Do attending Metal shows give you anxiety? Well, maybe it should.
‘LICHEMOTH’ opens with a quote about a forgotten entity named Lich. Liches, are beings that, “…embrace undeath through possession and ultimate sexual awakenings of virgin flesh for eternal existence.” Quite the mouthful, as any conjuring ought to be.
We enter the deceptively straightforward, and dark world of this film through our protagonist Doll, who is played by Idalia Valles. When everyone else refuses to take the gig, snapping photos of the controversial band, Lichemoth, Doll’s boss doubles her usual rate, which gets us to where we need to be.
Naturally, things go awry rather quickly, leaving Doll with an array of bad photos and a gnarly rash on her neck. Gnarly, as in very disturbingly itchy to look at. A job well done.
The film raises some important questions too, like, how do you ensure that the incense being lit onstage and blown into your face at shows aren’t actually human remains? Is that a spell the lead singer is chanting, or just some experimental Latin anecdotes? Or, is it even safe to be a virgin anymore?
Some answers are a great deal more apparent than others. Not that this film is about digging down into the roots of things, anyhow. This does not seem to be its intention.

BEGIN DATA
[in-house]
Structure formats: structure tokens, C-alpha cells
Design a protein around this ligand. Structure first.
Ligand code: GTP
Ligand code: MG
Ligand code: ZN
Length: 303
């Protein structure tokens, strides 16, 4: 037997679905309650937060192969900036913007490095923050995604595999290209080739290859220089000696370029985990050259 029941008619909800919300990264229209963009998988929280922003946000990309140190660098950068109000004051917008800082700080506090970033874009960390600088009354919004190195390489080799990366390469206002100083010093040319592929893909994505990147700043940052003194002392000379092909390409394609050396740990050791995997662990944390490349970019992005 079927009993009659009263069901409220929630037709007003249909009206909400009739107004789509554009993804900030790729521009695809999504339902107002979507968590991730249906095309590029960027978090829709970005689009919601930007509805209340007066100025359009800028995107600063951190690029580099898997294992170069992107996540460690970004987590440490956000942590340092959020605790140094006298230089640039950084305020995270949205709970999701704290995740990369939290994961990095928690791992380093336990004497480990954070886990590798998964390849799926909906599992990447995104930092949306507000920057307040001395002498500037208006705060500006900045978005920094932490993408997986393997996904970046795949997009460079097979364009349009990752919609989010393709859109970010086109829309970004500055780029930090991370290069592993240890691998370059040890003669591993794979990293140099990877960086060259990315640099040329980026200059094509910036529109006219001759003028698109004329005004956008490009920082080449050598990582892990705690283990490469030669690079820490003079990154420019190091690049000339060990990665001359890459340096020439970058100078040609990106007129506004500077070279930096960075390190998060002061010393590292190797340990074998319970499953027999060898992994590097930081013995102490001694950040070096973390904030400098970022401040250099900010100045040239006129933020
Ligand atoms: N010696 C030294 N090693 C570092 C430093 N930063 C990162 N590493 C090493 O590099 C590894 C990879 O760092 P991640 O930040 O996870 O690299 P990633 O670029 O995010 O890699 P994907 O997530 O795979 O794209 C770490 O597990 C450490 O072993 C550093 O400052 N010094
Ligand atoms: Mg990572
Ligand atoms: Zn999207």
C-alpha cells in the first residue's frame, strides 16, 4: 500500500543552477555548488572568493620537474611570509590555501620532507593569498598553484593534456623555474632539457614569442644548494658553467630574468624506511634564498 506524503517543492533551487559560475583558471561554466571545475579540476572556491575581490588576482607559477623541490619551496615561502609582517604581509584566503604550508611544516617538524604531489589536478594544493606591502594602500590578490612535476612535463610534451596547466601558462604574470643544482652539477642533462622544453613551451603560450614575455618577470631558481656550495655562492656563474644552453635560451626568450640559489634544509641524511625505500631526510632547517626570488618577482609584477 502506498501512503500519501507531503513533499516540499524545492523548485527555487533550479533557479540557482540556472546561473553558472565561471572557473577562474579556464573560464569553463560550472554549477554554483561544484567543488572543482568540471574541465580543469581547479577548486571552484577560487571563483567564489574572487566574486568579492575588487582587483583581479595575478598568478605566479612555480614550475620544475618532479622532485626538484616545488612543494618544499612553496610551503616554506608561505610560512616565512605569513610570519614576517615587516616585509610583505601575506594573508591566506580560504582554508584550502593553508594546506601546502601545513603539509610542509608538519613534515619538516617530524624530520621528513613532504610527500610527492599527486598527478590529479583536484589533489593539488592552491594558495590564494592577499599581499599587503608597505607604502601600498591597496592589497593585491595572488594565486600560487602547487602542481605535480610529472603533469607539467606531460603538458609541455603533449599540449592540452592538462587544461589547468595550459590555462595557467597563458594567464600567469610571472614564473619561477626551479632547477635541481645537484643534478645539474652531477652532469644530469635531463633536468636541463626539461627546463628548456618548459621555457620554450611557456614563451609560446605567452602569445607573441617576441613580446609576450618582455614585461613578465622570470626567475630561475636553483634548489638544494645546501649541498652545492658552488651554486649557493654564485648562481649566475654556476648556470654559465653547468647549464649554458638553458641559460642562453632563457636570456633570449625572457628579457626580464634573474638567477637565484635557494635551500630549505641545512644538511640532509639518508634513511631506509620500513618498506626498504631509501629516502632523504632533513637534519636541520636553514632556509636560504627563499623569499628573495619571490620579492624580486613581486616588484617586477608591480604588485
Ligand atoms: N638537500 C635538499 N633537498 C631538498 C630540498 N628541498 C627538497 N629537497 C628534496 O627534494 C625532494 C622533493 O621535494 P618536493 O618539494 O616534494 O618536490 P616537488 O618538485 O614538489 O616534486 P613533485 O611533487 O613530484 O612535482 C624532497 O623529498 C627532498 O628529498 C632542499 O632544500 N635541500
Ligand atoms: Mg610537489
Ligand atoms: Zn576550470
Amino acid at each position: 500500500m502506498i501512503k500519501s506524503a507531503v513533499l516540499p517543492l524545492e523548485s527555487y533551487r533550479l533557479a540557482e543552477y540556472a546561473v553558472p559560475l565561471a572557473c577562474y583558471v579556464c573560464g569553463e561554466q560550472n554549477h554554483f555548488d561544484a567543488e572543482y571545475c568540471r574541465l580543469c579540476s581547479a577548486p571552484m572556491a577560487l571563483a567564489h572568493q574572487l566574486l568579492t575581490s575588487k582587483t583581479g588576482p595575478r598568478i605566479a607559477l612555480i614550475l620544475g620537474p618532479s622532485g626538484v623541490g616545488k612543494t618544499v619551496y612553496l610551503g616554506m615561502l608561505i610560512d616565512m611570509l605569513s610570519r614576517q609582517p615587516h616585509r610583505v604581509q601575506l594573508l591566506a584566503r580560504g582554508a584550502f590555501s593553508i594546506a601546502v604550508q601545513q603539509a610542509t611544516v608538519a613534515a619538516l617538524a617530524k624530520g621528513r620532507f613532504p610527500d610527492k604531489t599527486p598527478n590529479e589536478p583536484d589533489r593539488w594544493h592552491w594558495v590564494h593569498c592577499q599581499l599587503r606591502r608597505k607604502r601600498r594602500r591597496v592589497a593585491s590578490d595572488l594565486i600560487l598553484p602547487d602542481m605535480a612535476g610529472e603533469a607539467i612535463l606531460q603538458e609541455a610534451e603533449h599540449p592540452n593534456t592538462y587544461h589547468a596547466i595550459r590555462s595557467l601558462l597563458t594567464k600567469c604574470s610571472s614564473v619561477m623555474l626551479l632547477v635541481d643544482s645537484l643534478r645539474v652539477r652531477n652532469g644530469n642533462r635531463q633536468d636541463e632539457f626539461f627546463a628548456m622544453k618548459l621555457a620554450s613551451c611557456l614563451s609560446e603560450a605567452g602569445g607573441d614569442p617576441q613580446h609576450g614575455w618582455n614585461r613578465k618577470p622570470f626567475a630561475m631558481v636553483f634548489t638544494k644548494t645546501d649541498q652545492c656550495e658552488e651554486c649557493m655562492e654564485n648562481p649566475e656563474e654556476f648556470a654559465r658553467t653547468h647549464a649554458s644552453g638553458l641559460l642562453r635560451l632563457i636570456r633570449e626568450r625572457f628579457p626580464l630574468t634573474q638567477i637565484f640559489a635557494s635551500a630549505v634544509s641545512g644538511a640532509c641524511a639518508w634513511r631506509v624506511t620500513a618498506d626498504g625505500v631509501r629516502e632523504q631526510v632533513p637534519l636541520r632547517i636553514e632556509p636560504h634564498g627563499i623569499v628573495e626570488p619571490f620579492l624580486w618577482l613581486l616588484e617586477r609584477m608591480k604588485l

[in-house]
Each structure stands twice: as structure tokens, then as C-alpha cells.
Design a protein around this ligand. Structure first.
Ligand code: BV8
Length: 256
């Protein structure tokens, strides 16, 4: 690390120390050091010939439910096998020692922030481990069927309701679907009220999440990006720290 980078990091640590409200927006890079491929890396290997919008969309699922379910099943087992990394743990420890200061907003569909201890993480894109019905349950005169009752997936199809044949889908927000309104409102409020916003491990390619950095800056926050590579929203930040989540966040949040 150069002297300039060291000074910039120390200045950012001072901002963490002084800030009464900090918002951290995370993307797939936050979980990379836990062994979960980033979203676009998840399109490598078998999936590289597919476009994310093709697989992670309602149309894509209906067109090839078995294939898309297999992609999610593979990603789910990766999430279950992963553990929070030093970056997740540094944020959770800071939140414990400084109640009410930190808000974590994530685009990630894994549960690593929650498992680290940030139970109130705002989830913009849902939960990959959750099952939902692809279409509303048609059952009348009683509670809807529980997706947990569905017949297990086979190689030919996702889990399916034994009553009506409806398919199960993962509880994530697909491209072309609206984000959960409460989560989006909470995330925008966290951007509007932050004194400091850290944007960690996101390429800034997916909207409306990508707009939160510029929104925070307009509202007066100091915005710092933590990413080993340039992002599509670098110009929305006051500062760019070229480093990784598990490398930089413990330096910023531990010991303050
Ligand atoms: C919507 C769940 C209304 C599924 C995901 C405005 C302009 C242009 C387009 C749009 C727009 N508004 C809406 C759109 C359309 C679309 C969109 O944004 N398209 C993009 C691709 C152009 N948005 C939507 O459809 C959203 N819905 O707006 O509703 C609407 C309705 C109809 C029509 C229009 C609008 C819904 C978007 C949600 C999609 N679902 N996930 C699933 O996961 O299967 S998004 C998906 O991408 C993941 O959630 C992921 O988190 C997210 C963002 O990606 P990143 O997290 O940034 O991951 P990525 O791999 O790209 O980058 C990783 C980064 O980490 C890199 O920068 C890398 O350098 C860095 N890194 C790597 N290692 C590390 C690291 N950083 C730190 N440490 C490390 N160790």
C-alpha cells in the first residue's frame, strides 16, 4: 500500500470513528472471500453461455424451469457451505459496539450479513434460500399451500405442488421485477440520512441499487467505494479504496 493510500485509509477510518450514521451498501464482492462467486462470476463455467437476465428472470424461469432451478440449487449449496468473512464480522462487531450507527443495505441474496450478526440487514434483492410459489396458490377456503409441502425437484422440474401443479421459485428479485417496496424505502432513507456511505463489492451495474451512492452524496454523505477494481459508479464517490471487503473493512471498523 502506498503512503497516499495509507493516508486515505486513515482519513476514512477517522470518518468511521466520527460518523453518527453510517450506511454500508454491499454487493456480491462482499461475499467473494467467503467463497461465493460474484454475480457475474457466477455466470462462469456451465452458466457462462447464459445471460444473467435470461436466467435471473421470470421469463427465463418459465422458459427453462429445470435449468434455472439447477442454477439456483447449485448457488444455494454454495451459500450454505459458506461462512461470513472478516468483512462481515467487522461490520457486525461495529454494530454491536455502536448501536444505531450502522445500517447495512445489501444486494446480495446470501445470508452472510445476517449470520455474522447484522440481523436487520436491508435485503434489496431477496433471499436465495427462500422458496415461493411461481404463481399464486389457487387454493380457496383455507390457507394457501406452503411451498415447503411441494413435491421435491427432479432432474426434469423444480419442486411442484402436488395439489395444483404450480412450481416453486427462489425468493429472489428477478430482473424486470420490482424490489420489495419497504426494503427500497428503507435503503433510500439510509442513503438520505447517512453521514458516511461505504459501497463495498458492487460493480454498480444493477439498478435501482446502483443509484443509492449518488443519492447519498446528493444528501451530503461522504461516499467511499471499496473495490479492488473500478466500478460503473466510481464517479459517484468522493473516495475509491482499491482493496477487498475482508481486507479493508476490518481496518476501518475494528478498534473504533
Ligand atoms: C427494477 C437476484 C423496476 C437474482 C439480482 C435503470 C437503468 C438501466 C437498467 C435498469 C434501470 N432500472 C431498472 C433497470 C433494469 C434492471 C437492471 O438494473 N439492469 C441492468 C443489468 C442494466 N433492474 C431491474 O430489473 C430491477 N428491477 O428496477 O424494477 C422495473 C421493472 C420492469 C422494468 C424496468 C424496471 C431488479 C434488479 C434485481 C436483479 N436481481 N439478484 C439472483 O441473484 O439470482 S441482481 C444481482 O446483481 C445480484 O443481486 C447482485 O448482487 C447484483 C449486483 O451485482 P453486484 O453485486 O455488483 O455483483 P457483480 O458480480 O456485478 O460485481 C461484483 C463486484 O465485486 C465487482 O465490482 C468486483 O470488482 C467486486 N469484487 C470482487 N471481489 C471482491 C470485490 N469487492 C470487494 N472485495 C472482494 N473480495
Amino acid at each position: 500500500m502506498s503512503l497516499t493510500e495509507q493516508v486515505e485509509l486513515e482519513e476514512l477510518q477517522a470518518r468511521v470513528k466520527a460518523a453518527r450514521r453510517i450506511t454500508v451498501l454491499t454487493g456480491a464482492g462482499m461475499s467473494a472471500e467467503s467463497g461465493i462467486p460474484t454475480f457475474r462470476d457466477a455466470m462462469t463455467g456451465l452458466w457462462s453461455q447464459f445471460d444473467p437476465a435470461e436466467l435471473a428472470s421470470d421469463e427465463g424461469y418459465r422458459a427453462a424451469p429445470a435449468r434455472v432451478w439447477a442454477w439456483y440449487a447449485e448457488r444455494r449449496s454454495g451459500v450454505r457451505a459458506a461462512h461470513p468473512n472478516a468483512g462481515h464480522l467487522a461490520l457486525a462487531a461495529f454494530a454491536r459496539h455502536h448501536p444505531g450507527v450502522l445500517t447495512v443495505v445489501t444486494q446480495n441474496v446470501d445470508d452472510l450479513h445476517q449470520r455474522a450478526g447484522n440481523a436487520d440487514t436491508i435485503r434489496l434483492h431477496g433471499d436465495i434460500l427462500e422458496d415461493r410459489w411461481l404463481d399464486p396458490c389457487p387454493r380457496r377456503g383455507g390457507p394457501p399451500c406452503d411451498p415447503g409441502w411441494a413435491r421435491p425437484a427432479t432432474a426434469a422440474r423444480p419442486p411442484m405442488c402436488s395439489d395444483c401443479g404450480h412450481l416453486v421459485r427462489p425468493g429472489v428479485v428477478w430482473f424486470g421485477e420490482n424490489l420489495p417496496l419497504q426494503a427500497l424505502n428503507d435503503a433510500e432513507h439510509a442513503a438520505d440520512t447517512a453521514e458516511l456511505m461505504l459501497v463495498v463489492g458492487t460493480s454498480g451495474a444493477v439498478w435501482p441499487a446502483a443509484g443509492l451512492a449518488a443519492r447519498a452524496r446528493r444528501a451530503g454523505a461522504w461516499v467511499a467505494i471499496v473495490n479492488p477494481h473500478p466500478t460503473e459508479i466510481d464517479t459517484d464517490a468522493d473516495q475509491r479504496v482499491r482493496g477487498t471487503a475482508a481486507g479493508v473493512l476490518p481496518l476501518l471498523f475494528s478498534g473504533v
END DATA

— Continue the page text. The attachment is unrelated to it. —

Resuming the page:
Rather, writer/director Carla Nichamin cultivates an inner journey on the surface of this world, which lingers on the tactility of such an experience. The experience, being possession. With the namesake band, Lichemoth, at the core of this elusive yet definitively-brewing evil that sets the foundation of this short, it is no surprise that music plays a significant role in the piece. The sound of metal seeps through the short in a way that feels rather intuitive as opposed to being a facet of the shock value itself, adding to our understanding of Doll. Music shapes her world, and now it has begun to reshape her…for better or–no, definitely for worse.
The ominous quality of the film really shines through its use of cinematography. The deep, red POV shots of the band were especially striking. Not unlike the deep inside colors of closing one’s eyes before a bright light. Seeing, yet not seeing. Otherwise, the composition of shots felt surprisingly measured. After all, there isn’t much dialogue to rest the narrative on, and most of the unease trickling through the film stems from movement–Doll’s–as well as some very pointed glances.
With such a specific individual at the helm of this curated world, I did find myself yearning for more of a sense of what Doll was like. It isn’t often that we see characters like her on-screen. Yet in the same vein, the details which were offered didn’t come across quite as grounded as the protagonist herself.
The nods to her virginity over the course of the film felt too subtle and rather ‘on the nose’ in the same breath. Is there a way to reawaken the dead without purity? On the flip side, I’m not sure why Doll had to be in lingerie to close the film, as the spirit of the deceased (played by Theo Buckwald) took over her form, either.
But hey, a ritual is a ritual, right? And underground metal bands sure know how to perform one.
Panic Fest 2023: Virgins, Metal and Reawakening the Dead in ‘Lichemoth’